If you, a friend or family member requires care for FM, we sincerely appreciate the trust and confidence shown by choosing our services and look forward in serving you and your family presently and, in the future.                            

Health Update: Low Back Pain

Would Traction Help My Back Pain?

Traction is a common form of treatment for patients with low back pain.  By definition, traction is the “act of pulling a body part.”  That basically means traction can be applied to an arm, leg, finger, toe…..virtually any body part that one can get a hold of.  Here, the focus of traction is being applied to the lower part of the spine and the primary objective is for pain relief and restoring function.  Traction “works” by applying a force that separates and increases the space between joints.  It also stretches the surrounding soft tissues, including ligaments, joint capsules, muscles and tendons.  Spinal traction can be applied manually (with the hands) or by a device with either the use of complicated computerized equipment or, by a gravity assisted means such as using the body’s weight and gravity as the traction force.

Common conditions of the spine for which traction is often utilized include low back sprains and strains, disk herniations (“slipped disks”), and spinal stenosis.  Spinal stenosis occurs when there is a narrowing of the hole or canal through which a nerve root exits the spine or where the spinal cord travels, often caused by arthritic spurs.  Hence, it is most common after the age of 60 years old.  Traction has been shown to improve circulation, reduce inflammation, and by movement of the joints, it may also reduce the nerve’s excitability, resulting in pain reduction.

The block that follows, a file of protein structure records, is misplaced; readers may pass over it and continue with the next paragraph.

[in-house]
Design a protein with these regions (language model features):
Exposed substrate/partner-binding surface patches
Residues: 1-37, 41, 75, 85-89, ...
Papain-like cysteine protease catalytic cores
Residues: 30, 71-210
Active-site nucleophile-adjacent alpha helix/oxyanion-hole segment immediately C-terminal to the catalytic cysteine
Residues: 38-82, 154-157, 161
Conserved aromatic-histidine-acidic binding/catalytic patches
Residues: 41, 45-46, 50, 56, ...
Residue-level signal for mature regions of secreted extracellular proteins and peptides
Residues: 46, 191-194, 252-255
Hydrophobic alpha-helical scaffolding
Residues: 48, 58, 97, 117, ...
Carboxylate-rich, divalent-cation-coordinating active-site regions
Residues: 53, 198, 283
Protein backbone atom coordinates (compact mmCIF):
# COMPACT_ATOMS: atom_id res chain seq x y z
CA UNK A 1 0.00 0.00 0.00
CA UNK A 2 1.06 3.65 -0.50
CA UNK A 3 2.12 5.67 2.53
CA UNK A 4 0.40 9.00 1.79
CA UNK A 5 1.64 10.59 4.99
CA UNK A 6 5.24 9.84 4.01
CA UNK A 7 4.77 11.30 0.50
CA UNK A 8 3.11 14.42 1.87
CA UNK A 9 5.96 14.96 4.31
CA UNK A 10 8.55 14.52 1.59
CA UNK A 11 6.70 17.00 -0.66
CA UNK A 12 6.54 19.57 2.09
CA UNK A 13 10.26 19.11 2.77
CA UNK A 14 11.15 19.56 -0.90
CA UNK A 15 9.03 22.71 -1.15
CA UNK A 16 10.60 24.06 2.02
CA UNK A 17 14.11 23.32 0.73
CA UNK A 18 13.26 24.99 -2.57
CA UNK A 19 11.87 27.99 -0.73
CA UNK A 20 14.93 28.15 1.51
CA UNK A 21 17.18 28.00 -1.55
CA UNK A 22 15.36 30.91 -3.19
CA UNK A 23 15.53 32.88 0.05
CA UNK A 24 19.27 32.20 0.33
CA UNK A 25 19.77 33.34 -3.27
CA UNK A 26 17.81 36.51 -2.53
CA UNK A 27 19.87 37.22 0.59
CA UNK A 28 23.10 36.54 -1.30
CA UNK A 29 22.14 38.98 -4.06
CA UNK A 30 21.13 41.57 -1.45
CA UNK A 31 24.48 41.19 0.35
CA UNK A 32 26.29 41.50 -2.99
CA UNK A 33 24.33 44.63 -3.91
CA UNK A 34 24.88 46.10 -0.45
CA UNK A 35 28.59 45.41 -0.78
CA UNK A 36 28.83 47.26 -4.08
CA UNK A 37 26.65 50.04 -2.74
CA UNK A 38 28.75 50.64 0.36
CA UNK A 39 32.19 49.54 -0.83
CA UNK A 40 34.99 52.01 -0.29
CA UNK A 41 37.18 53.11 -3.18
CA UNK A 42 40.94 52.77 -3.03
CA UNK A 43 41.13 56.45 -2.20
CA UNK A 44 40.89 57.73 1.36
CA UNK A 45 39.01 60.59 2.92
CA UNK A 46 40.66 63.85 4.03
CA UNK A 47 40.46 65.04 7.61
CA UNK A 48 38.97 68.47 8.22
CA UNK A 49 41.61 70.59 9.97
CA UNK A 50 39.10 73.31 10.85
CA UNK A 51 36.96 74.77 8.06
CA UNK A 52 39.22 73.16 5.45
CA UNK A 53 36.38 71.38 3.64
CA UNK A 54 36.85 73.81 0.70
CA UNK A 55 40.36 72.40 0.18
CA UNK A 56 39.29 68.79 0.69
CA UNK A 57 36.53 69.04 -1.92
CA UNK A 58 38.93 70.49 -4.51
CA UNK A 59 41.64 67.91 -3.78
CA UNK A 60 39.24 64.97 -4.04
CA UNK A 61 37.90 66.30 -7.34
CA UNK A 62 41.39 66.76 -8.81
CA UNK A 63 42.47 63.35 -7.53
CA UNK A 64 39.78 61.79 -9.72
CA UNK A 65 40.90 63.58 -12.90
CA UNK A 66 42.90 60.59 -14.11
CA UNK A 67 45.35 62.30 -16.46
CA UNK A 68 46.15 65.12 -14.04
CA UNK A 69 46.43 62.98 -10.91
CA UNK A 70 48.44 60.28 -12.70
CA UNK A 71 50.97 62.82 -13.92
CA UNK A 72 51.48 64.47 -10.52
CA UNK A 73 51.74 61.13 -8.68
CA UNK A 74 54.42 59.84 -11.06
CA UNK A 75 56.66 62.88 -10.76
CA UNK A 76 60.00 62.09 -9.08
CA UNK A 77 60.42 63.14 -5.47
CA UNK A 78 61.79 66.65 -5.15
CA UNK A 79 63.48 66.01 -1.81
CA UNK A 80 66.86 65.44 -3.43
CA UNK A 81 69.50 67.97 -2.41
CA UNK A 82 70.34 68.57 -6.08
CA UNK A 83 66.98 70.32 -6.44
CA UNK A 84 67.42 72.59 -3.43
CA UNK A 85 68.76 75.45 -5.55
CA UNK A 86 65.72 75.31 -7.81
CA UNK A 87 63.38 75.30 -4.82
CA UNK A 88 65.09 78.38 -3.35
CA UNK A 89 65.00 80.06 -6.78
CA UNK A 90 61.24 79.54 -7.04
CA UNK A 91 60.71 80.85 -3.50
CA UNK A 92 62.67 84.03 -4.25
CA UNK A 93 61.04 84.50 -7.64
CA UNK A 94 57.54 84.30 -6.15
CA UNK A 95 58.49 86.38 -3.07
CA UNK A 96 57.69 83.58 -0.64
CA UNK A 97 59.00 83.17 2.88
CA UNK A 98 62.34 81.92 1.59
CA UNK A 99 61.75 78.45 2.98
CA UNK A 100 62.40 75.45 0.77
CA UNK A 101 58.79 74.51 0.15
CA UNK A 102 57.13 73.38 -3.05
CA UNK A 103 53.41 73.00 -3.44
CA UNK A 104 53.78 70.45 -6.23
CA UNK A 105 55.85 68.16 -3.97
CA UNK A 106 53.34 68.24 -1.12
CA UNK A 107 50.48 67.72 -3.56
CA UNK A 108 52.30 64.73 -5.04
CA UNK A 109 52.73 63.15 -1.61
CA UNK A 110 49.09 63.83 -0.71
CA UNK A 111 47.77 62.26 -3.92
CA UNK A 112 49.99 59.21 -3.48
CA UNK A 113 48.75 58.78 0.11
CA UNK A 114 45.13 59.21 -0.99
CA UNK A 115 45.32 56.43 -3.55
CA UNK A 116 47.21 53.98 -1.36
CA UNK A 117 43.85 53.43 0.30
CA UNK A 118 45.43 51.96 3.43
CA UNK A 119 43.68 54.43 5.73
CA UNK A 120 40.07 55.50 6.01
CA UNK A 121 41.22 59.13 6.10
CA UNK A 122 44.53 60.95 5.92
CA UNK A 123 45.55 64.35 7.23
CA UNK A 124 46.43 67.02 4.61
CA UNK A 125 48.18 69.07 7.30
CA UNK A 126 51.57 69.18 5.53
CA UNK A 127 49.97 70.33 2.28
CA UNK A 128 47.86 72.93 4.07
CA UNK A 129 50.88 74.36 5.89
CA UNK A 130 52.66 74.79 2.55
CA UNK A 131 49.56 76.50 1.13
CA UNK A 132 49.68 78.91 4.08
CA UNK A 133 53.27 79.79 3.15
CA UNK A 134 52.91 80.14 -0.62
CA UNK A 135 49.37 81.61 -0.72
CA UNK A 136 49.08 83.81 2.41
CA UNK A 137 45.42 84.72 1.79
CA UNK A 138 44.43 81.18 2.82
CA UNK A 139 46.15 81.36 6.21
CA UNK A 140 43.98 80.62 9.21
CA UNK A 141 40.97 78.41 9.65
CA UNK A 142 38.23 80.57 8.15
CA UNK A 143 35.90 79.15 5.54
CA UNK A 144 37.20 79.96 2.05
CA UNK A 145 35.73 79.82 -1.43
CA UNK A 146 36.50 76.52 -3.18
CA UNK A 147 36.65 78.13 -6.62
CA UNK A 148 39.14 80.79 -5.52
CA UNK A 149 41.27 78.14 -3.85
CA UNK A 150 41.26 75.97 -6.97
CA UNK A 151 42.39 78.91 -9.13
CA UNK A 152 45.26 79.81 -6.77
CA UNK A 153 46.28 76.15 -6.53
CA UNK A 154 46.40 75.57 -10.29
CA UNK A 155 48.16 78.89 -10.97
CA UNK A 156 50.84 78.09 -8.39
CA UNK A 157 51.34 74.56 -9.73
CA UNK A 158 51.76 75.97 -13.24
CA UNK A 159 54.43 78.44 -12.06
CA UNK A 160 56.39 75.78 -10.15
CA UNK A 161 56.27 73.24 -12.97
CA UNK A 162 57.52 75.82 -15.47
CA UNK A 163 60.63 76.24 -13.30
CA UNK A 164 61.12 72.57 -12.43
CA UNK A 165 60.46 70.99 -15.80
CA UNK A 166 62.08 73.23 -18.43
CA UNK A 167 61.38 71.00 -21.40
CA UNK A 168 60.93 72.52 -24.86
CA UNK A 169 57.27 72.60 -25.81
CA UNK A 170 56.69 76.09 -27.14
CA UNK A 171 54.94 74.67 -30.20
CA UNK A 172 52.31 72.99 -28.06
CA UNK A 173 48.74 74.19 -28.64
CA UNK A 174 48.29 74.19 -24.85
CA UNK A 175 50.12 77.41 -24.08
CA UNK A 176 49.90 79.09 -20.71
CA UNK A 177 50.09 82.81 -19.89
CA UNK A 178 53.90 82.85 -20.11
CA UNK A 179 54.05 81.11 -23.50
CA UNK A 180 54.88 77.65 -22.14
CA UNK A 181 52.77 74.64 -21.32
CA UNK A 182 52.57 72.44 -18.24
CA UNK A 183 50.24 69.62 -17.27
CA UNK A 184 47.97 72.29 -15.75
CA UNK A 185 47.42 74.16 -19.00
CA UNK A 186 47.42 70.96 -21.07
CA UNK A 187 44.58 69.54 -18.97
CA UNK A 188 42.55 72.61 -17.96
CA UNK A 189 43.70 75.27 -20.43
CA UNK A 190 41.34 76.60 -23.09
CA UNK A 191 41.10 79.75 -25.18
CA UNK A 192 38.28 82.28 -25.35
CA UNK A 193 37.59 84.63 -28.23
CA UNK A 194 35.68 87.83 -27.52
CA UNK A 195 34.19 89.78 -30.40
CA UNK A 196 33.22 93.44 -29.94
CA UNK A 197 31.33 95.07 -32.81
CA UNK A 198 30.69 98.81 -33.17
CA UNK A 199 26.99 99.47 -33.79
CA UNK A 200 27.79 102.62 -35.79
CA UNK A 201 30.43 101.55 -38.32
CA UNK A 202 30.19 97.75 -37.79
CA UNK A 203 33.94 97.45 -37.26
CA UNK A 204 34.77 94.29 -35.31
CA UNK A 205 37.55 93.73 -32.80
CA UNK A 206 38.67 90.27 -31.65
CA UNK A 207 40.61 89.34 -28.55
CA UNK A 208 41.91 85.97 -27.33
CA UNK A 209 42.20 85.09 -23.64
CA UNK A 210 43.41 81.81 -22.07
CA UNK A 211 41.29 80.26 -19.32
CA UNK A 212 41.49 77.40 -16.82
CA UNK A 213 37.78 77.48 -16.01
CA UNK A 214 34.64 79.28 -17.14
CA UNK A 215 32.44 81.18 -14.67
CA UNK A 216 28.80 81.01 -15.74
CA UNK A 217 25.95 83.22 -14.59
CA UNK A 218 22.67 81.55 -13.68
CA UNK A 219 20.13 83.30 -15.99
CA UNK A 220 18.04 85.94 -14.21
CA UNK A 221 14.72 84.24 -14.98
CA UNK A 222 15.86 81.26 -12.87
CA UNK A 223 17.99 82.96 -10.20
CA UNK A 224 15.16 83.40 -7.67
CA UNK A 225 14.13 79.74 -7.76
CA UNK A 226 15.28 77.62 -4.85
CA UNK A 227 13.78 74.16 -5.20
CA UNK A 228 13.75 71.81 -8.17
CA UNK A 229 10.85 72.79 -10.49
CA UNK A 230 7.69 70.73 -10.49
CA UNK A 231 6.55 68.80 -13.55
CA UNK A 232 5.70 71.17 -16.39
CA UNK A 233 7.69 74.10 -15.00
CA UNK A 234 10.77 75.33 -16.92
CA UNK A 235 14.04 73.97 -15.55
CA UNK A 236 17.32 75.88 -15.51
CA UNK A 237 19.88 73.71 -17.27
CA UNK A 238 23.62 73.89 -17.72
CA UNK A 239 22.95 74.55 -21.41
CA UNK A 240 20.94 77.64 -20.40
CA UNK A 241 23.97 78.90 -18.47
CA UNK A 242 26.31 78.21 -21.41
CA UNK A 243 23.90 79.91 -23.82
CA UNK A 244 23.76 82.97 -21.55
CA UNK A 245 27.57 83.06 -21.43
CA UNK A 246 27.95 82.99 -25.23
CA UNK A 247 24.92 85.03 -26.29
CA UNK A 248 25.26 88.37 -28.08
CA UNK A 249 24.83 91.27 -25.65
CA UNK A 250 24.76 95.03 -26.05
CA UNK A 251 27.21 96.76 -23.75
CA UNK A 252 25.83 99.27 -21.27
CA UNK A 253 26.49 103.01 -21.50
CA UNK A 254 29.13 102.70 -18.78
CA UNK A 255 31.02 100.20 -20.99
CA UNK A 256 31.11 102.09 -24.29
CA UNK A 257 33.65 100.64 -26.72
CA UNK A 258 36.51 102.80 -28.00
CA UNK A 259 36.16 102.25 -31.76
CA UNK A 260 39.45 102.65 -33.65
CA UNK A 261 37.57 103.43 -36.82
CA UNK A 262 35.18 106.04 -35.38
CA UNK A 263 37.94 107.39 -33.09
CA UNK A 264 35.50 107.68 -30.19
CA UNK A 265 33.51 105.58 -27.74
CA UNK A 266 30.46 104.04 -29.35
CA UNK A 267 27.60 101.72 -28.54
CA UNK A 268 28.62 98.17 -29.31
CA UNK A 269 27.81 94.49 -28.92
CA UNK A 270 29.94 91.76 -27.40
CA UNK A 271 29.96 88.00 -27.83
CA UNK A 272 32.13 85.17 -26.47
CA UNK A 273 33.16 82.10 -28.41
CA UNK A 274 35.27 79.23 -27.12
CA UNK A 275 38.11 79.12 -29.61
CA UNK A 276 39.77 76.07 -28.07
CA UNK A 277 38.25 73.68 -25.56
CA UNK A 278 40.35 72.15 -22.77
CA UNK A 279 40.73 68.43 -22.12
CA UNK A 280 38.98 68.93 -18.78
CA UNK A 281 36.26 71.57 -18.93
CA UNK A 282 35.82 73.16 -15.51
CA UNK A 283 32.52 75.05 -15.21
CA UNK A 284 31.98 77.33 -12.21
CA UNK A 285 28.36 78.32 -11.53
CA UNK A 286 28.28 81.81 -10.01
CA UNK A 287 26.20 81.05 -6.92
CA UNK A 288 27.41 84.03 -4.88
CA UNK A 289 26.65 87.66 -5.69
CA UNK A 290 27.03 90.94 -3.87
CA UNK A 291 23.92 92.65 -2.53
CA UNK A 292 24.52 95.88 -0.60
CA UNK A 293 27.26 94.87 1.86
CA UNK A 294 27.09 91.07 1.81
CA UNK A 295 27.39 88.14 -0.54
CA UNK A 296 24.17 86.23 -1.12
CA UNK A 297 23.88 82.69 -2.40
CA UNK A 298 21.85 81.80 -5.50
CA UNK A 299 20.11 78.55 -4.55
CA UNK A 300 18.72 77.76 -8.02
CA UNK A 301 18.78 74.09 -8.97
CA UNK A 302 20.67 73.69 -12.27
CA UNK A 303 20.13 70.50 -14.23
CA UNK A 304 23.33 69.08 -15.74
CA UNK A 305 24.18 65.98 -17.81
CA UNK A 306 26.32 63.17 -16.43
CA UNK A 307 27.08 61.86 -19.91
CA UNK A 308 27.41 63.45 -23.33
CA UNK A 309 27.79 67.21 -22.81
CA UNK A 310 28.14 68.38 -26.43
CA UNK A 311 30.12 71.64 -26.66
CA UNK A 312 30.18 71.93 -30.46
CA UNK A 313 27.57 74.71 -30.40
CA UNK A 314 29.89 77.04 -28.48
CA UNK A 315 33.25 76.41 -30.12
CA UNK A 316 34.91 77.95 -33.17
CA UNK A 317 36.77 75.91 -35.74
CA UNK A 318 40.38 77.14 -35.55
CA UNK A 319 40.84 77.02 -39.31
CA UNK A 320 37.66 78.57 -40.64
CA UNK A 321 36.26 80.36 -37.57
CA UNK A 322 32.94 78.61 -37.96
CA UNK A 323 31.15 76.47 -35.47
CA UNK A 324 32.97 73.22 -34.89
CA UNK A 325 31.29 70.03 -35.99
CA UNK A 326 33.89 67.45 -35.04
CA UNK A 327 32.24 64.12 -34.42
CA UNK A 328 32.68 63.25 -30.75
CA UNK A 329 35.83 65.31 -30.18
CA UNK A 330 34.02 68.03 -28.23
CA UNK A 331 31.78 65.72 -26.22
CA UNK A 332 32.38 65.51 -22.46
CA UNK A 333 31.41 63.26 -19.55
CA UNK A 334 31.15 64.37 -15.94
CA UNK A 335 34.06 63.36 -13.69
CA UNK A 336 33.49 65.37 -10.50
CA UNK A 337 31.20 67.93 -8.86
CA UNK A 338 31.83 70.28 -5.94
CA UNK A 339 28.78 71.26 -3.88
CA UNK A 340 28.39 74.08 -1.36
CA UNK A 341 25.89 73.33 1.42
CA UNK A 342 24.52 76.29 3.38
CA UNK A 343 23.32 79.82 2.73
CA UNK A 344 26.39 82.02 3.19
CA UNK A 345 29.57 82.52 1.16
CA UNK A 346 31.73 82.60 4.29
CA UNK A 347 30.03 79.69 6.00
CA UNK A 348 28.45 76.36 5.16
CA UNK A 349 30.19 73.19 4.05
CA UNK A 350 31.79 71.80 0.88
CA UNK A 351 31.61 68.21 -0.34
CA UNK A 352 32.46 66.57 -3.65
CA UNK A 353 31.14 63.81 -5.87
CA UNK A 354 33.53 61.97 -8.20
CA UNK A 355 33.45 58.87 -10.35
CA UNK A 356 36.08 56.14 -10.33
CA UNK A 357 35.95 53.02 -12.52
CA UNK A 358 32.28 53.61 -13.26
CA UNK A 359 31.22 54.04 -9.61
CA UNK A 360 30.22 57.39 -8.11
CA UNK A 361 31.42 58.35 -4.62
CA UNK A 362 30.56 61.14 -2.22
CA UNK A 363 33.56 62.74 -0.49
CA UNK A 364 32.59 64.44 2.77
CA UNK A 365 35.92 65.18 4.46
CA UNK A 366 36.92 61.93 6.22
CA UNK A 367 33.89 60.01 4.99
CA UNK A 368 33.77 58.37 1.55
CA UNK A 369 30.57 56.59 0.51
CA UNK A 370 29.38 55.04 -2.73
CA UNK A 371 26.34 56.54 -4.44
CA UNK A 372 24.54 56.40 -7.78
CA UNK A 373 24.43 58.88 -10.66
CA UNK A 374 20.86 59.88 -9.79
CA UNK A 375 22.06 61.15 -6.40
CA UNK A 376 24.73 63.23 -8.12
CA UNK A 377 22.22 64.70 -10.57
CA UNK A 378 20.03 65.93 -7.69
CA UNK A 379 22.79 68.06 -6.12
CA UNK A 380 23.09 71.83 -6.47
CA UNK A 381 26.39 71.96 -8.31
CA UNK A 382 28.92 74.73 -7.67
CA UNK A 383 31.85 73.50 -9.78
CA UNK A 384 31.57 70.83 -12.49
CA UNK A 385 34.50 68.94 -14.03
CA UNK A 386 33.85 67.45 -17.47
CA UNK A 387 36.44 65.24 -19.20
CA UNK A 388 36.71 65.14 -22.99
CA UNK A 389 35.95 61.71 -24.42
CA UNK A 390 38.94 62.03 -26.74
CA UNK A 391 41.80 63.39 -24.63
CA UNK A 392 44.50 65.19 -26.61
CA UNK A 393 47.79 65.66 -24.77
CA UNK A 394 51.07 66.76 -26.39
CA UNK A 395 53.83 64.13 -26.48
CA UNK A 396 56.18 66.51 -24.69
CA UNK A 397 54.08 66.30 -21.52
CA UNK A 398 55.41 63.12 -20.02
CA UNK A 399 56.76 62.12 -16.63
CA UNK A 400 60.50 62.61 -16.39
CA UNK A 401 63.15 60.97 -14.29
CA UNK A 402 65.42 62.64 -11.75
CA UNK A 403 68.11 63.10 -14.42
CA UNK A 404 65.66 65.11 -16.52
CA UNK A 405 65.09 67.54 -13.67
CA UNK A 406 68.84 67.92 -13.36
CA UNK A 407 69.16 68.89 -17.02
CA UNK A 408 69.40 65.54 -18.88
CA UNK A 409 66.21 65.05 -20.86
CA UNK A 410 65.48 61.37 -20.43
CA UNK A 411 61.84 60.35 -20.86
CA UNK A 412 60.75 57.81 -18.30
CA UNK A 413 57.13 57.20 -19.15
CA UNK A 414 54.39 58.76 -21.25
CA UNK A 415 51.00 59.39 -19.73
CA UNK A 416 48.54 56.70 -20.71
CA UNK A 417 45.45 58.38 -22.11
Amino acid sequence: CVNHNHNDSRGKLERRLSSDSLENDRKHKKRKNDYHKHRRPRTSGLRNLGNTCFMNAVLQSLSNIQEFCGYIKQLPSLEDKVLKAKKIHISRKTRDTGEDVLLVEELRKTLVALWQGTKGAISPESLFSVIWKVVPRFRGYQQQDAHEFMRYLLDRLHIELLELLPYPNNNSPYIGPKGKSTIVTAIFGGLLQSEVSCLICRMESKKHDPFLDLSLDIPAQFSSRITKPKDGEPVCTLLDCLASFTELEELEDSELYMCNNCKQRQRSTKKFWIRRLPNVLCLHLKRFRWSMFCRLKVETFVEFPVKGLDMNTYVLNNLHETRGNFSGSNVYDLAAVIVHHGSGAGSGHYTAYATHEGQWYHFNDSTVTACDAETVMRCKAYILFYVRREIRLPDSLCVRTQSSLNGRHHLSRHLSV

The “dose” of traction from a clinical experience standpoint, is determined by patient comfort.  It must “feel good” to be safe.  Remember, too much of anything changes it from being beneficial to being potentially harmful.  Therefore, when determining the dose of traction for the first time, we advise the patient to pay careful attention to the way they feel during the time traction is being applied. Often, it feels good at first but may become uncomfortable as time passes. If there is sharp pain, radiating pain (such as down a leg), or, if it is just not comfortable, traction should be discontinued and the recovery time should be reported.

A “typical” dose is 10-15 minutes of time, and the traction force can be continuous or intermittent, kind of like turning on a water faucet and leaving it running vs. turning it on and off.  With intermittent traction, we can vary the time that the force is applied such as 30 seconds on and 10 seconds off.  Generally, the total treatment time can be longer with intermittent traction (such as 15 minutes) compared to continuous traction, where 10 minutes may be utilized.  The traction weight or force can be gradually increased, depending on tolerance and individual patient response to the prior weight.

The Cochrane Report found traction is most effective for cases of sciatica or nerve root pressure creating leg pain. Also, it’s best when used in conjunction with other treatment approaches.  In a chiropractic setting, manual traction (where the doctor uses their hands to apply the force) is often utilized along with side to side or figure-8 movements to achieve better results.  Spinal manipulation, muscles massage, myofascial release techniques, exercise training for both stretch and strengthening purposes and patient education such as teaching proper bend/lift/pull/push techniques are often utilized to achieve the most satisfying results when managing patients with low back pain.